The back-to-school season is officially upon us! As part of our back-to-school series, we want to shed light on an important topic: handling seizures in the classroom.
Disclaimer: This page was not written by medical professionals, and therefore this information is not to be taken as medical advice. For specific instructions regarding seizure care, ask your doctor or your child’s doctor.
1 in 10 people has experienced a seizure at some point (1). Teachers and other school staff members are sometimes trained to handle seizures in the classroom. However, many people who work or volunteer in schools may have questions about what to do when a child has a seizure at school.
Important Facts to Know About Seizures
There are many different types of seizures. If a student has a history of seizures, information regarding what type and what the seizures look like should be gathered by his or her teacher before school starts. The following are some key details about each type of seizure found on The Epilepsy Foundation website.
- Generalized tonic-clonic/grand mal seizures: When the person convulses, cries out, shakes, or jerks. They may also become unconscious or unaware of what’s going on. Bladder and bowel control may be lost during a generalized tonic-clonic seizure.
- Absence/petit mal seizures: When the person loses awareness, sometimes with blinking or moving of the face or arms.
- Simple partial seizures: When one area of the brain seizes, resulting in a loss of control of body movements or distortion of one or more of the senses.
- Complex partial seizures: When consciousness is lost or clouded, resulting in getting up and walking around, being unresponsive, muttering, appearing sleepy or drugged, or tapping aimlessly – the child will most likely not remember what happened during the seizure.
- Other/atonic/myoclonic/akinetic types of seizures: When someone experiences sudden changes in muscle tone, resulting in jerking movements or sudden falls.
How to React to Seizures in the Classroom
The Edmonton Epilepsy Association website suggests a few ways that teachers or childcare workers should react to seizures that occur in the classroom. They should:
- Maintain a calm tone to keep other students from panicking.
- Reassure and comfort the student if they experience confusion or fear following the seizure.
- Allow the student to remain seated in the classroom until awareness returns.
- Allow the student quiet rest time following the seizure.
- Explain to the student what happened and help reorient them.
- If the student lost bladder or bowel control during the seizure, allow them to use the restroom and provide a change of clothing without calling attention to the accident.
- Help other students to understand what happened and answer questions if applicable.
- Encourage positive reactions from classmates and return to the daily routine.
Know when to call 911
According to the Centers for Disease Control and Prevention, it is recommended that people call 911 if they see someone having a seizure and the following are true (but it’s best to err on the side of caution and call 911 if you’re not sure):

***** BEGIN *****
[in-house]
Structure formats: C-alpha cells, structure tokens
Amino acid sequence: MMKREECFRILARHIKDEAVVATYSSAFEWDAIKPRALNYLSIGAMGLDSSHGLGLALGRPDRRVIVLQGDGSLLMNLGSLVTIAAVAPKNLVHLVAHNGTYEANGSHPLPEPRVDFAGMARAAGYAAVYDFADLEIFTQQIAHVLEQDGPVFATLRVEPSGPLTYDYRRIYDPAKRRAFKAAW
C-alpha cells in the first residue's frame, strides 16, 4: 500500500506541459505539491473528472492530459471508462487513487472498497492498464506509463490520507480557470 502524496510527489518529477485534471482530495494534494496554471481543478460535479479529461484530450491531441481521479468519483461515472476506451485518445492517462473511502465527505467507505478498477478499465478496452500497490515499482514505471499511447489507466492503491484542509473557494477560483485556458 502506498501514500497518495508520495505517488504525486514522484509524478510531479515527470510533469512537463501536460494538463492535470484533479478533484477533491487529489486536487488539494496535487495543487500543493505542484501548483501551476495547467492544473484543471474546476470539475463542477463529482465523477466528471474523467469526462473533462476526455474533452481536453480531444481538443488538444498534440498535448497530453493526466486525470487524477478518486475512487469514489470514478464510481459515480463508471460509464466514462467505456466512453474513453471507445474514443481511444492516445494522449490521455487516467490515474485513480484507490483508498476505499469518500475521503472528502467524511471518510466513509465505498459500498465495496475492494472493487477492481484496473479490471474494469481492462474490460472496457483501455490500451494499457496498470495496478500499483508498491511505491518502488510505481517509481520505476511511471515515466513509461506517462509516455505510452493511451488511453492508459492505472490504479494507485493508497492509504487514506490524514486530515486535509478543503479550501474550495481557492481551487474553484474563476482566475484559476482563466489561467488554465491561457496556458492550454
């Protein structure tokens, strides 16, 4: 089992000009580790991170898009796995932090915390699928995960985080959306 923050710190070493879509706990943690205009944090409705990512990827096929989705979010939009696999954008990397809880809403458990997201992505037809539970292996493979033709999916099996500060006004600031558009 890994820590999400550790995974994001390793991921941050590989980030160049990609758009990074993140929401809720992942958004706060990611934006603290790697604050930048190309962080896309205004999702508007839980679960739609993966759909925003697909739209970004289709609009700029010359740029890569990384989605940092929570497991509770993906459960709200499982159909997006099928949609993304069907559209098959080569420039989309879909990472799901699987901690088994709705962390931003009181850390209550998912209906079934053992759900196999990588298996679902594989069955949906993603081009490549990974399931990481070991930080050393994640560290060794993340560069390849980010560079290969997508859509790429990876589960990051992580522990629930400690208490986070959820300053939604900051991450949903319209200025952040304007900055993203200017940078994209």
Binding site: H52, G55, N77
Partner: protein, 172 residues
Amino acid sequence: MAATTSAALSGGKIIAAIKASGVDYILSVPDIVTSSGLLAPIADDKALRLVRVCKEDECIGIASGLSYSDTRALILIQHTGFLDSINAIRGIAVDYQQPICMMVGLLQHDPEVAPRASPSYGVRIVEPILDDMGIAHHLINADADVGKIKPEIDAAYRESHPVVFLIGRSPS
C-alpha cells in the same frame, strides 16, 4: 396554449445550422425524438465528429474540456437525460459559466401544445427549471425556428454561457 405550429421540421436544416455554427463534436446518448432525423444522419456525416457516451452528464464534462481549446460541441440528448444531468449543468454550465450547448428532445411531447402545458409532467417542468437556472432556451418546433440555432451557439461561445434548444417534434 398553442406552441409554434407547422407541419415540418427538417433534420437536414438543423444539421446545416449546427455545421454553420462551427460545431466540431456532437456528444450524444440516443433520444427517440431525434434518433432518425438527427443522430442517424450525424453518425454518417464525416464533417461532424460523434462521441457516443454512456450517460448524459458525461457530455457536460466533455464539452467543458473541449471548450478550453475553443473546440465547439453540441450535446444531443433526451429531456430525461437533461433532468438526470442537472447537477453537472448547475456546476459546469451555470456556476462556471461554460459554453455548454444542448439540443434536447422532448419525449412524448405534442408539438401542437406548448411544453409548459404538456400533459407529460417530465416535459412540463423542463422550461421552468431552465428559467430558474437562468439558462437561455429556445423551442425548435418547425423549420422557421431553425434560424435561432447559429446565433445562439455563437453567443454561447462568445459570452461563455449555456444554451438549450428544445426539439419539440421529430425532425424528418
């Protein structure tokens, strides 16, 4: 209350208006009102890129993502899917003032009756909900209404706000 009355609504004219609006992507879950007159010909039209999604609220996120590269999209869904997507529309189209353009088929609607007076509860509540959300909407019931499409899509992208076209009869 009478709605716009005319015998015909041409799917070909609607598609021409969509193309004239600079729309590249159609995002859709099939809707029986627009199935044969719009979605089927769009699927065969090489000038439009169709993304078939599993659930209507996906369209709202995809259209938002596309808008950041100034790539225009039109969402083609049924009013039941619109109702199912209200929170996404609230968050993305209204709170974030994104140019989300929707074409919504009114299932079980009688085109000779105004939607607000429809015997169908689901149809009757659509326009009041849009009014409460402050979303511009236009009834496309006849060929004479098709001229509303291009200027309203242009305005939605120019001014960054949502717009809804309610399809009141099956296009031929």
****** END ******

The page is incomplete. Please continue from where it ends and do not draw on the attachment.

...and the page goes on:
- It is the person’s first seizure
- The seizure lasts longer than 5 minutes
- The person gets hurt during the seizure
- The person has a medical condition, such as pregnancy, heart disease, or diabetes
- The seizure happens in water
- The person has a second seizure quickly after the first
- The person has difficulty breathing or waking after the seizure
- The person has orders from a physician for 911 to be called
- You aren’t sure what the need for assistance is
General Seizure Care
The CDC also offers a few general guidelines to remember if you see someone having a seizure:
- Stay with the person until the seizure is over or professional medical help arrives
- Check to see if they are wearing a medical bracelet
- When the seizure ends, help them sit in a safe place and inform them of what happened
- Comfort them and speak calmly to them
- Ensure they get home safely
- Keep other people on the scene calm
- Avoid holding the person down or restricting their movements
- Do not put anything in the person’s mouth
- Do not offer the person food or water until they are fully alert
- Do not give mouth-to-mouth breaths or CPR, because people can normally breathe on their own shortly after the seizure ends
Depending on the type of seizure a person is having, additional first aid measures may be necessary. For example, if a child has a generalized tonic-clonic seizure (this is the type of seizure people tend to be most familiar with, as it may involve obvious signs such as falling, shaking, or jerking), an adult should ease them onto the floor, remove any nearby objects that are hard or sharp, put something soft under their head, turn them onto one side, and remove glasses/loosen tight clothing around the neck. The child’s doctor should be able to provide more individualized information about what steps should be taken when they have a seizure.
Related Resources on Seizures in the Classroom
- Epilepsy Foundation Northern California: Guidelines for Supporting Students with Epilepsy or a Seizure Disorder at School
- CHOC Epilepsy Center: Managing Children with Epilepsy School Nurse Guide
- Neonatal Seizures
- Delayed Treatment of Infant Seizures Can Cause Permanent Brain Damage
- Hypoxic-Ischemic Encephalopathy and Infant Seizures
- Epilepsy. (2018, April 23). Retrieved from http://www.cdc.gov/epilepsy/about/first-aid.htm
- Epilepsy Foundation. (2009). Epilepsy in Children: The Teacher’s Role [PDF]. Author. Retrieved from http://www.epilepsynw.org/wp-content/themes/epilepsy/brochures/Children-and-Seizures/The-Teachers-Role.pdf
- Edmonton Epilepsy Association. (2011). Epilepsy: A Guide for Teachers[Brochure]. Author. Retrieved September 7, 2018, from http://www.edmontonepilepsy.org/documents/Epilepsy – A Guide For Teachers.pdf